Game theory and playing around
Game theory can tell us something about how and why gay guys tend to hook up.
In the straight world, everyone's familiar with the dynamic. All over the nature channels, females bear the brunt of child-rearing by being pregnant, and produce fewer eggs than males do sperm, so it pays for women to be choosy about mates who can provide for many offspring. Men tend to want as many partners as possible, because that's what's going to get them the most offspring.
These aren't conscious choices. They're tendencies in our psyche that, over the long course of evolution, got the most genes into the next round. So they win.
In homo couples, though, the gender tendencies remain the same. I've noticed a curious dynamic among single guys, monogamous couples, and open relationships.
I've found that many single guys think open relationships aren't tenable. What's more, when they feel this way it's often vehemently against non-monogamy. You'll hear from single guys that open couples aren't as real as monogamous ones, that non-monogamous guys are cheating on each other all the time, that they're destined to fail.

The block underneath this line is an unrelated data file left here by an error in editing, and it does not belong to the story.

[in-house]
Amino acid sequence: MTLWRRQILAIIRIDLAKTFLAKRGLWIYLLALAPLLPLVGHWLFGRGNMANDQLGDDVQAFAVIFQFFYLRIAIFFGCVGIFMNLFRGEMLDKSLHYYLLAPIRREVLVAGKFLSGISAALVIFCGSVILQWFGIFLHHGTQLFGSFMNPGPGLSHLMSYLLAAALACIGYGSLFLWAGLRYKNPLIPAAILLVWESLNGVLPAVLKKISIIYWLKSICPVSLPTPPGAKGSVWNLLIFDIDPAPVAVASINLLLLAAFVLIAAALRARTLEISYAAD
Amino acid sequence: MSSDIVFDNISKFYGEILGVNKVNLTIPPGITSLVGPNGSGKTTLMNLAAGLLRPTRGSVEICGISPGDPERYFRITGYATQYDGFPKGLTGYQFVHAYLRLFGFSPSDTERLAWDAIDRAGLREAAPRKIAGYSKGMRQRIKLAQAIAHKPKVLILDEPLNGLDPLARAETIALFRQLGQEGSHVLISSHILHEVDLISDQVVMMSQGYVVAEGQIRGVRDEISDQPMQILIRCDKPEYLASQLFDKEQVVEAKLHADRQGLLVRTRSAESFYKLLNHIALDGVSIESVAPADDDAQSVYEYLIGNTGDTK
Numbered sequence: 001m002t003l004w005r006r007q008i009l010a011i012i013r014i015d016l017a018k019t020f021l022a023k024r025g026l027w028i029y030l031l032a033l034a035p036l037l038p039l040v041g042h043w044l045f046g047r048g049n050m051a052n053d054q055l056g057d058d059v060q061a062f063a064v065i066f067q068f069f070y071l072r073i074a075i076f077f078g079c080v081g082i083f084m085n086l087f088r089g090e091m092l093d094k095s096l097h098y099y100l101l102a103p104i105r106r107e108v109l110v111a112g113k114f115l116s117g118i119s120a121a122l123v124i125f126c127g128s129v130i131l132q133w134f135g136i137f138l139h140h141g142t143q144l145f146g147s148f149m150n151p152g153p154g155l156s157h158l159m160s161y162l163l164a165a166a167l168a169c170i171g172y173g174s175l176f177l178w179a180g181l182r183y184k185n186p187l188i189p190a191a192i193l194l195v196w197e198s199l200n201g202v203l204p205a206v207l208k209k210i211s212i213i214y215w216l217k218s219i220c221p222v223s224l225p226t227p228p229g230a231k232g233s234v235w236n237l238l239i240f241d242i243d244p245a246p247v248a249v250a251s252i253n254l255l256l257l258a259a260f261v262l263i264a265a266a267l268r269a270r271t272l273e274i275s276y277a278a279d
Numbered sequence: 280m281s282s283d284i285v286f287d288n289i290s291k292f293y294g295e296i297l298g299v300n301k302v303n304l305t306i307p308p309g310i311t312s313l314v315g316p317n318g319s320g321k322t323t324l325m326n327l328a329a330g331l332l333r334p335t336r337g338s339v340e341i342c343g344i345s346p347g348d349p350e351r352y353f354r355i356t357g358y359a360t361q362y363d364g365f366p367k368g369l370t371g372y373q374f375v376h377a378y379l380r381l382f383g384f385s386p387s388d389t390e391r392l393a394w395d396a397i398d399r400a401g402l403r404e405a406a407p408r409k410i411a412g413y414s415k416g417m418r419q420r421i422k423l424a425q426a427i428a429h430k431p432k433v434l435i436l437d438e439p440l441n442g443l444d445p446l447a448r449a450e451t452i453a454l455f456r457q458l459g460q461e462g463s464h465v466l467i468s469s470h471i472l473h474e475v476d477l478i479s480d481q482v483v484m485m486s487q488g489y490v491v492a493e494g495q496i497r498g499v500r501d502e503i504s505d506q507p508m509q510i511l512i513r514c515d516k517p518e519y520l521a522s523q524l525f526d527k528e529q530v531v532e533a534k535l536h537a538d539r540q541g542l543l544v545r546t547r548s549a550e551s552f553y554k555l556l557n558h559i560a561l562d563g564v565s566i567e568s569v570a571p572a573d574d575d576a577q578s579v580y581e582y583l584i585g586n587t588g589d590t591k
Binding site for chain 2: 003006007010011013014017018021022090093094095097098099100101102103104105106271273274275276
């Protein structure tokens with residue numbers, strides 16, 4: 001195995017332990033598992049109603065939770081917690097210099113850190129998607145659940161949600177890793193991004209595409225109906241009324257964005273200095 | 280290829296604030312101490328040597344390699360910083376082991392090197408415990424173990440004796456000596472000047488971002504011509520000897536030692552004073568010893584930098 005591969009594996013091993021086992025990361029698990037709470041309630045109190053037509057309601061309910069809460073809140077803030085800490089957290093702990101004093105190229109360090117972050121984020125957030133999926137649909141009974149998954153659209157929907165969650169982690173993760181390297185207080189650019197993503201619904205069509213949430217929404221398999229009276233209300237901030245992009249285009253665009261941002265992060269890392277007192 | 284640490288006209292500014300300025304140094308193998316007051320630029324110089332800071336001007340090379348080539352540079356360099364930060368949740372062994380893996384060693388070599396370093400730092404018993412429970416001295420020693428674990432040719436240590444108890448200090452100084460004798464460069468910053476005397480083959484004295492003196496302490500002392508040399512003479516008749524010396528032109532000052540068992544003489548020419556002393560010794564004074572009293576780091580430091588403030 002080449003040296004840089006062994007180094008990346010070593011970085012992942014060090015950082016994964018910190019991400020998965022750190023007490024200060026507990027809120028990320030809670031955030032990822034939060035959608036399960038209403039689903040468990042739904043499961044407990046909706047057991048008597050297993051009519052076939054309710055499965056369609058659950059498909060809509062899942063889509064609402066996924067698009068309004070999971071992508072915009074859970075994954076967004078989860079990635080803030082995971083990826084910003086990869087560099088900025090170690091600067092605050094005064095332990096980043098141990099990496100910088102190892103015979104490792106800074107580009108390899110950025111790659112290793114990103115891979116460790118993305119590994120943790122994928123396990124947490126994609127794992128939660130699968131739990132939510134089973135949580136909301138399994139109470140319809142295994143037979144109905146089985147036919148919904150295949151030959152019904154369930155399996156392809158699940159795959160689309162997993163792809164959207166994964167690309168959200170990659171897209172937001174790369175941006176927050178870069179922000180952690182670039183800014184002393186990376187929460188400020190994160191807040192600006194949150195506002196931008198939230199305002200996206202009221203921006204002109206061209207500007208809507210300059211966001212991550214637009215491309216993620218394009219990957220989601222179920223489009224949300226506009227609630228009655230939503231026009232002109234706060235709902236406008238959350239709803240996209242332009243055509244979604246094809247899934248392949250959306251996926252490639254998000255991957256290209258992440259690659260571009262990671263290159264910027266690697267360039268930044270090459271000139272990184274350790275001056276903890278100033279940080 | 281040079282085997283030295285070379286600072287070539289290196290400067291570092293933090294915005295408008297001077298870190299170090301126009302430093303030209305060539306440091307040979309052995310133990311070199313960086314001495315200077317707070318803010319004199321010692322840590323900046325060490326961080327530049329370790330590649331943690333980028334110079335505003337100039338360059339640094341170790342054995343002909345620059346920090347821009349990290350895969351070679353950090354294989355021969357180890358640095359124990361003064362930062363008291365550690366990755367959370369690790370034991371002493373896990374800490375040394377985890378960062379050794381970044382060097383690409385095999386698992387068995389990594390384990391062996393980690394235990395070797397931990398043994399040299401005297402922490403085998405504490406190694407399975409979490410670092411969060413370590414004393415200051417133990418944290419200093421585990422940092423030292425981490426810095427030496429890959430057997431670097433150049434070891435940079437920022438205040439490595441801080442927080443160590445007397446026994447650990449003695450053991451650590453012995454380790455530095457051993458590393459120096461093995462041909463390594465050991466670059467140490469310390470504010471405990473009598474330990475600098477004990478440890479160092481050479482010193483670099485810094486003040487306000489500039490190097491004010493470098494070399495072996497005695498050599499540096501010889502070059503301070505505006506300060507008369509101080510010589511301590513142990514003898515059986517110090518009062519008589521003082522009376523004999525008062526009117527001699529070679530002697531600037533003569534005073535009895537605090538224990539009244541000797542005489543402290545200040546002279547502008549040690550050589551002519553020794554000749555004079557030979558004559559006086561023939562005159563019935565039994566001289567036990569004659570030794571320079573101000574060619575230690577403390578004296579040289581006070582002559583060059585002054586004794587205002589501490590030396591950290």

I don't agree or disagree. I'm single and I'd like a partner eventually, so from my perspective it just doesn't make sense to sleep with part of a partnered couple, because there's no chance of it turning into what I'm really looking for. Even if the sex is great, there's little chance of me getting it all the time, because I'm essentially on the outside. And if I fall for the guy, I'm screwed.
So for a single guy, it's advantageous for more guys to be monogamous, because then other potential partners aren't distracted and taking up valuable time with partnered guys when they could be dating me.
But someday I might be partnered. What happens then?
Humans tend to mate for life, but in the situation where we evolved, a lifetime wasn't that long. What are people supposed to do now that relationships last decades past what we're designed to expect? For gay men, it's natural to expect that the eyes of one or both might wander. Why not save the marriage by laying out some ground rules?
So for partnered guys, the optimal solution is to have everyone on the playing field be either single or non-monogamous, too.
One group "wins" when everyone keeps with tradition. The other group, which started out keeping tradition by marrying off, eventually "wins" when everyone breaks tradition.
There's no solution to this one. You just have to hate the game.